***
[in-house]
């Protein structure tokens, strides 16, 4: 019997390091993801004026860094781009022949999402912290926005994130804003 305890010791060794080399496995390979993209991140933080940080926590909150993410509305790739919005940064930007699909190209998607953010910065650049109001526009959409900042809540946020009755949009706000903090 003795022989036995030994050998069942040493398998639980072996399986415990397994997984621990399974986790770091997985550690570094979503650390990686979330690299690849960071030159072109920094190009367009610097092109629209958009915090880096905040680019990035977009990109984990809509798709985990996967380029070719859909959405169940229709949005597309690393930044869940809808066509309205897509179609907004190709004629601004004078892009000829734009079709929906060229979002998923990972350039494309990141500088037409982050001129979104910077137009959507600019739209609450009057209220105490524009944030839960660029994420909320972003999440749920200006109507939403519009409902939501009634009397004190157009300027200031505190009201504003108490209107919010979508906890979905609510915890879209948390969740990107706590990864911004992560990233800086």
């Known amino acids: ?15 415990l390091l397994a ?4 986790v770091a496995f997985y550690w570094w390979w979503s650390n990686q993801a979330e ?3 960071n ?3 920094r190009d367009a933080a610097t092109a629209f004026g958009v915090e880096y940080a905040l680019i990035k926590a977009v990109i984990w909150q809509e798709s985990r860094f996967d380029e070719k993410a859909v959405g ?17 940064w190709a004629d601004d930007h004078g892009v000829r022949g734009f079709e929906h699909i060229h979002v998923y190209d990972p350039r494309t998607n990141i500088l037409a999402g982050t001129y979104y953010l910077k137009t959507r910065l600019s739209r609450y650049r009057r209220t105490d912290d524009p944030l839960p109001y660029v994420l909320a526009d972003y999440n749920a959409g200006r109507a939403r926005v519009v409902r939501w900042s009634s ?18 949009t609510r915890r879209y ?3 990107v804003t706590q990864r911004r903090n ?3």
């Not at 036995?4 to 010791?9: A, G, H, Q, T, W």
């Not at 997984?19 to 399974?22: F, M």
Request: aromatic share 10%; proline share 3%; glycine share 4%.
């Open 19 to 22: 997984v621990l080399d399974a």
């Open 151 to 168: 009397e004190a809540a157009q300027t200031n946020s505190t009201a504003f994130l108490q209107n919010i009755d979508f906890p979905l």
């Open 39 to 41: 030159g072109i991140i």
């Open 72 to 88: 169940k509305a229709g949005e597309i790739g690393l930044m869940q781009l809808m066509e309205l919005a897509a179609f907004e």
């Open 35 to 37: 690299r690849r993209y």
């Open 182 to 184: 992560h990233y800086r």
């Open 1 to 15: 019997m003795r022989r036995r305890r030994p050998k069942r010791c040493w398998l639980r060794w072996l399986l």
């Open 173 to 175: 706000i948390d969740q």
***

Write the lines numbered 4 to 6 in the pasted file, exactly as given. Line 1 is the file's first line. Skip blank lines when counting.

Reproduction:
């Not at 036995?4 to 010791?9: A, G, H, Q, T, W």
């Not at 997984?19 to 399974?22: F, M």
Request: aromatic share 10%; proline share 3%; glycine share 4%.